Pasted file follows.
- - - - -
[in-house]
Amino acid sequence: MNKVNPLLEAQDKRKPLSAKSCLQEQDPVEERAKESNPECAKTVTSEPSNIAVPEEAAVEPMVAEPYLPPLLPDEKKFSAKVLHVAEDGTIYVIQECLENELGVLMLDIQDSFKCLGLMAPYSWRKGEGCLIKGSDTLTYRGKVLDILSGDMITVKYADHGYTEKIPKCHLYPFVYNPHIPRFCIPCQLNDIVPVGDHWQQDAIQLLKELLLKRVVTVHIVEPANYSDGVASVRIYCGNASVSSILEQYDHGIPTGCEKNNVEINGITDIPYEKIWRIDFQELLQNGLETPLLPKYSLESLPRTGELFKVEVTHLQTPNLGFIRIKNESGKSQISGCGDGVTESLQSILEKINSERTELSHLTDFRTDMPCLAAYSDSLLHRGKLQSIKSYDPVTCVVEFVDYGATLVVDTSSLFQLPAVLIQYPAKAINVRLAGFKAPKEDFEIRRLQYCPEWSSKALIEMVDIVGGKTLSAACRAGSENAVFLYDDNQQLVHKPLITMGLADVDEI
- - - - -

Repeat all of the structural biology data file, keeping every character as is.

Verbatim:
[in-house]
Amino acid sequence: MNKVNPLLEAQDKRKPLSAKSCLQEQDPVEERAKESNPECAKTVTSEPSNIAVPEEAAVEPMVAEPYLPPLLPDEKKFSAKVLHVAEDGTIYVIQECLENELGVLMLDIQDSFKCLGLMAPYSWRKGEGCLIKGSDTLTYRGKVLDILSGDMITVKYADHGYTEKIPKCHLYPFVYNPHIPRFCIPCQLNDIVPVGDHWQQDAIQLLKELLLKRVVTVHIVEPANYSDGVASVRIYCGNASVSSILEQYDHGIPTGCEKNNVEINGITDIPYEKIWRIDFQELLQNGLETPLLPKYSLESLPRTGELFKVEVTHLQTPNLGFIRIKNESGKSQISGCGDGVTESLQSILEKINSERTELSHLTDFRTDMPCLAAYSDSLLHRGKLQSIKSYDPVTCVVEFVDYGATLVVDTSSLFQLPAVLIQYPAKAINVRLAGFKAPKEDFEIRRLQYCPEWSSKALIEMVDIVGGKTLSAACRAGSENAVFLYDDNQQLVHKPLITMGLADVDEI